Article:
Istituto di Fisiologia Clinica     
Bertuglia S., Giusti A. Microvascular oxygenation, oxidative stress, NO suppression and superoxide dismutase during postischemic reperfusion. In: American Journal of Physiology-Heart and Circulatory Physiology, vol. 285 pp. h1064 - h1071. american physiological society, 2003.
Increased formation of reactive oxygen species (ROS) on reperfusion after ischemia underlies ischemia-reperfusion (I/R) damage. We measured, in real time, oxygen tension in both microvessels and tissue and oxidant stress during postischemic reperfusion in the hamster cheek pouch microcirculation. We measured PO2 by using phosphorescence quenching microscopy and ROS production in the systemic blood. We evaluated the effects of a nitric oxide synthase inhibitor (NG-monomethyl-L-arginine, L-NMMA) and SOD on the oxidative stress during reperfusion. Microvascular injury was assessed by measuring diameter change, the perfused capillary length (PCL), and leukocyte adhesion. During early reperfusion, arteriolar PO2 was significantly lower than baseline, whereas capillary PO2 varied between 7 and 0 mmHg. Arterial blood flow did not regain baseline values, whereas PO2 returned to baseline in arterioles and tissue after 30 min of reperfusion. During 5 and 15 min of reperfusion, ROS increased by 72 and 89% versus baseline, respectively, and declined to baseline after 30 min of reperfusion. Pretreatment with SOD maintained ROS at normal levels, increased arteriolar diameter, blood flow, and PCL, and decreased leukocyte adhesion (P < 0.05). L-NMMA decreased ROS only within 5 min of reperfusion, which increased significantly by 72% later during reperfusion. L-NMMA worsened leukocyte adhesion (P < 0.05). In conclusion, our results show that the early reperfusion is characterized by low PO2 linked to increased production of ROS. At early reperfusion both SOD and L-NMMA decreased ROS production, whereas only SOD reduced it during later reperfusion. We suggest that low-flow hypoxia profoundly affects vascular endothelial damage during reperfusion through changes in ROS and nitric oxide production.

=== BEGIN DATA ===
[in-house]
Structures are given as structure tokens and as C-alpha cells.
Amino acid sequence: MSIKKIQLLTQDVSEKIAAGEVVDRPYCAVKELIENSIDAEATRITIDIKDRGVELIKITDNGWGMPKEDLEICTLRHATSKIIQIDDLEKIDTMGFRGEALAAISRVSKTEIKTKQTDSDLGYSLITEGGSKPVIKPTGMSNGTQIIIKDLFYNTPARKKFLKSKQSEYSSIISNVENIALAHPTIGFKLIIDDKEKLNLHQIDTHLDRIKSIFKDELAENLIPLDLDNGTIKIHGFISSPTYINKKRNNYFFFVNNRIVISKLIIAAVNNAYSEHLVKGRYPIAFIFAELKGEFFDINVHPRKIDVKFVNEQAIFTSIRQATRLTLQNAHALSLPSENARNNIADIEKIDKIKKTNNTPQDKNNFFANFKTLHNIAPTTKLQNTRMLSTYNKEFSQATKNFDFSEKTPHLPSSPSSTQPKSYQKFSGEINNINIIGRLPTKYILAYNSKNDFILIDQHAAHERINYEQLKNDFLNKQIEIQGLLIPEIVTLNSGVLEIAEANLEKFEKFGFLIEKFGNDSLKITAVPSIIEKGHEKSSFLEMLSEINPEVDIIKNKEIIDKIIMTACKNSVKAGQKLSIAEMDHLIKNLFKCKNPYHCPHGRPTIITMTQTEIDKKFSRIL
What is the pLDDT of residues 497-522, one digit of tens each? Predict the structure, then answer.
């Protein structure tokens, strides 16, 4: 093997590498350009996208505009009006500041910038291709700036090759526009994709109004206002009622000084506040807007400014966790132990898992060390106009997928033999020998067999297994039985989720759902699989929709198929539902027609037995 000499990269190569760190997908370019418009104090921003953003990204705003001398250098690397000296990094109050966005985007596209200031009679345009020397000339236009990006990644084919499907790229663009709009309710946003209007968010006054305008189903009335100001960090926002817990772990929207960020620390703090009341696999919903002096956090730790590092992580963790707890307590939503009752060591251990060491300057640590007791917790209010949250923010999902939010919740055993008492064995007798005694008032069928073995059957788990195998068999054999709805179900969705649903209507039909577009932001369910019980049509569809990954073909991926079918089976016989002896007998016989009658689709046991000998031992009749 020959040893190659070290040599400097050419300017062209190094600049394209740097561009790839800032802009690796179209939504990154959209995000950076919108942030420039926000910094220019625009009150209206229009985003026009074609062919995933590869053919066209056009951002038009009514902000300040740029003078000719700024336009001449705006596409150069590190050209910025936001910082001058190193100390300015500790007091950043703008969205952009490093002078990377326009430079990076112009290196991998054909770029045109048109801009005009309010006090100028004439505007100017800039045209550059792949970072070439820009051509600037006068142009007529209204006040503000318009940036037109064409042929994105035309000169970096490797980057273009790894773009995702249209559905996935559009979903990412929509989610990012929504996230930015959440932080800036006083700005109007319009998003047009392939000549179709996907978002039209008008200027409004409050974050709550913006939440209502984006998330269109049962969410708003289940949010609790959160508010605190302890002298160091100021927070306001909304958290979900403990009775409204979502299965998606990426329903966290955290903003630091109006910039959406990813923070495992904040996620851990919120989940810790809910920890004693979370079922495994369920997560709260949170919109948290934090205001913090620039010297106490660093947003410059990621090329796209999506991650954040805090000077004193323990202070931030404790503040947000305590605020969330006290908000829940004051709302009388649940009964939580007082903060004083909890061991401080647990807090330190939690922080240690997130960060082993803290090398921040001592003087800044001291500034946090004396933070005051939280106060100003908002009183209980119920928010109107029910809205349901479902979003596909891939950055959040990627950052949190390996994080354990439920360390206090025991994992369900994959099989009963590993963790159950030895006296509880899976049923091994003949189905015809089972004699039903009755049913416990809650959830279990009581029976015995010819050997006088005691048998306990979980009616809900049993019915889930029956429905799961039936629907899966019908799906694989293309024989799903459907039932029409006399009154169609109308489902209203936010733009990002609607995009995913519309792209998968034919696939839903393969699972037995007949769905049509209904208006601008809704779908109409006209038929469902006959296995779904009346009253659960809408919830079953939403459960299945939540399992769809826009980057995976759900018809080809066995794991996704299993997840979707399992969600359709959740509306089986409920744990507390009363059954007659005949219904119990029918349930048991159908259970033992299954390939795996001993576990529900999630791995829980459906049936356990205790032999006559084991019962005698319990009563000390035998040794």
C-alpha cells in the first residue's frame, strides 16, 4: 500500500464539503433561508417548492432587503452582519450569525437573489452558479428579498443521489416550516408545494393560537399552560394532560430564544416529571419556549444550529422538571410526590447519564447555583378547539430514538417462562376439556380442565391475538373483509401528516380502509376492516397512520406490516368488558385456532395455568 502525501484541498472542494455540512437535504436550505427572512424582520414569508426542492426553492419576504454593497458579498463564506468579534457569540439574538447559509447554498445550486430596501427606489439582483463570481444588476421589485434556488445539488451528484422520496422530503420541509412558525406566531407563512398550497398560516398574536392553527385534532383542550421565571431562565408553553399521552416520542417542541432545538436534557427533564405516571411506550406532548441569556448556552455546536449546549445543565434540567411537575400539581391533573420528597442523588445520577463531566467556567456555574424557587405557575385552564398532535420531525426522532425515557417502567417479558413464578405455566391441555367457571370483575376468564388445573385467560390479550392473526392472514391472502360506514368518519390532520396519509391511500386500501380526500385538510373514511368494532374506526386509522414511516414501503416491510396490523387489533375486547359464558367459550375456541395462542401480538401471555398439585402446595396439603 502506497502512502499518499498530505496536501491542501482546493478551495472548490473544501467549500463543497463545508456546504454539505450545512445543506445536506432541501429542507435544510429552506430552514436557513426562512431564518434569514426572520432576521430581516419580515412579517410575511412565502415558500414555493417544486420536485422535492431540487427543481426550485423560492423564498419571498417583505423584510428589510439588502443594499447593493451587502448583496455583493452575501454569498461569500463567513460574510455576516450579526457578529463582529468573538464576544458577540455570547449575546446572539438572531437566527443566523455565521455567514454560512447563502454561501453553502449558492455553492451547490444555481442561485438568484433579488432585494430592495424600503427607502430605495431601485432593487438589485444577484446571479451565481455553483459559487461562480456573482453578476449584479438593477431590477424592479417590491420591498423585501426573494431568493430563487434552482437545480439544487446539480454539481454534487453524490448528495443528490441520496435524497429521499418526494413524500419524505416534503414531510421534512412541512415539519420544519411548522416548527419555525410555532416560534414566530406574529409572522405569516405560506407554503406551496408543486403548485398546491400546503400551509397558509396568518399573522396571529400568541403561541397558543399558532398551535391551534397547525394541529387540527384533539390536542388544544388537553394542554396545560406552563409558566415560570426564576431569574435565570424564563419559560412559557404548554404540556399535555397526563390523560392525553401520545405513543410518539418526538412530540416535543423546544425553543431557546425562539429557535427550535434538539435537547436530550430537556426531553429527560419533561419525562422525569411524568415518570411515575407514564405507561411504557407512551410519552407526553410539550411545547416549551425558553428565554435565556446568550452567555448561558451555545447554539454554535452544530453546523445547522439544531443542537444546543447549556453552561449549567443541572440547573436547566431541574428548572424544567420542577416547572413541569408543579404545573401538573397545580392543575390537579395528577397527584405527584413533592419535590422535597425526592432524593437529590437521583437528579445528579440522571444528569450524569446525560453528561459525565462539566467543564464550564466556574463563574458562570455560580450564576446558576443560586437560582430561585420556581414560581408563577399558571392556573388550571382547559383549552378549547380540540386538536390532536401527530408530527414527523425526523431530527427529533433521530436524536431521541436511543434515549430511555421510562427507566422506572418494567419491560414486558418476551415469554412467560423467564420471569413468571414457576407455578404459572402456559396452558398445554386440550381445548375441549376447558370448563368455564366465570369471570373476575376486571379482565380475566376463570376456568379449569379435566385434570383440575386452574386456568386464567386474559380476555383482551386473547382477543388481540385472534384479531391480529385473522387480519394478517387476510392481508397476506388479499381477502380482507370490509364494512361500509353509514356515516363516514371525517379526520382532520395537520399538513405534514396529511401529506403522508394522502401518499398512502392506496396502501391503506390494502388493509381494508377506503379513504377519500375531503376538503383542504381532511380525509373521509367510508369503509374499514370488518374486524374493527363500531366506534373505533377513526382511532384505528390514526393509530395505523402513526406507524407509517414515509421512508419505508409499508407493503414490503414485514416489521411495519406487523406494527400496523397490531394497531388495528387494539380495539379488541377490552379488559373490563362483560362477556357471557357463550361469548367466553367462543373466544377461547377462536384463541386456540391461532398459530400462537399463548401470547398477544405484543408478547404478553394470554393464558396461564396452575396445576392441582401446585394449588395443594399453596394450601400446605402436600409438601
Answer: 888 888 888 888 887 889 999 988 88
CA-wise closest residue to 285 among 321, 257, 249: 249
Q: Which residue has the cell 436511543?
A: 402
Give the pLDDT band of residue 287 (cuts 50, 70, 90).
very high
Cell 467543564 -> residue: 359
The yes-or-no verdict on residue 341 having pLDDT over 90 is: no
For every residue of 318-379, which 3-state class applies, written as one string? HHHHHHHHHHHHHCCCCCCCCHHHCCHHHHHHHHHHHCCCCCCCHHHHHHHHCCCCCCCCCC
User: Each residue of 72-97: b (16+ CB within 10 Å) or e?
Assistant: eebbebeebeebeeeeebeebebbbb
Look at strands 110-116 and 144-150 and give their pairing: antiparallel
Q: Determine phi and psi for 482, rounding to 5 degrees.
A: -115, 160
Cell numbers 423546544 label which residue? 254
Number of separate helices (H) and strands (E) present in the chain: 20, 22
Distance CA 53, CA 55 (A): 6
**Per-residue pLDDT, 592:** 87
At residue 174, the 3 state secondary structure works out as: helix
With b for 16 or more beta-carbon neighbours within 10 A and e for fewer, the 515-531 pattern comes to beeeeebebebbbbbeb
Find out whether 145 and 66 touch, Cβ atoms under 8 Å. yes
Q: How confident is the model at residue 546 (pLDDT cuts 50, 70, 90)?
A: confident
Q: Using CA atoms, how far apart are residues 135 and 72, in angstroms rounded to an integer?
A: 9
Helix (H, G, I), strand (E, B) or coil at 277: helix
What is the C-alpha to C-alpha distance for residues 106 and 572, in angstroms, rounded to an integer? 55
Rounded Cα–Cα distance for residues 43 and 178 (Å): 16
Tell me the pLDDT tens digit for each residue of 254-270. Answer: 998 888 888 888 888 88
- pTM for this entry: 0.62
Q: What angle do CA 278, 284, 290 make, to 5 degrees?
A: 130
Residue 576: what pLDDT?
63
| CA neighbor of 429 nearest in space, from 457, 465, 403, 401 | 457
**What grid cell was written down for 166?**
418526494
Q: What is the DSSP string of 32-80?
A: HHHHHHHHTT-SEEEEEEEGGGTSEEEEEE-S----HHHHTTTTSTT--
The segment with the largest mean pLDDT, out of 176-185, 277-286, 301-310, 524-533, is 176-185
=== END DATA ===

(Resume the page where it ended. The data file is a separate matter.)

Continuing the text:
URL: http://ajpheart.physiology.org/cgi/reprint/285/3/H1064
Subject oxygen tension
oxygen free radicals
nitric oxide (NO)

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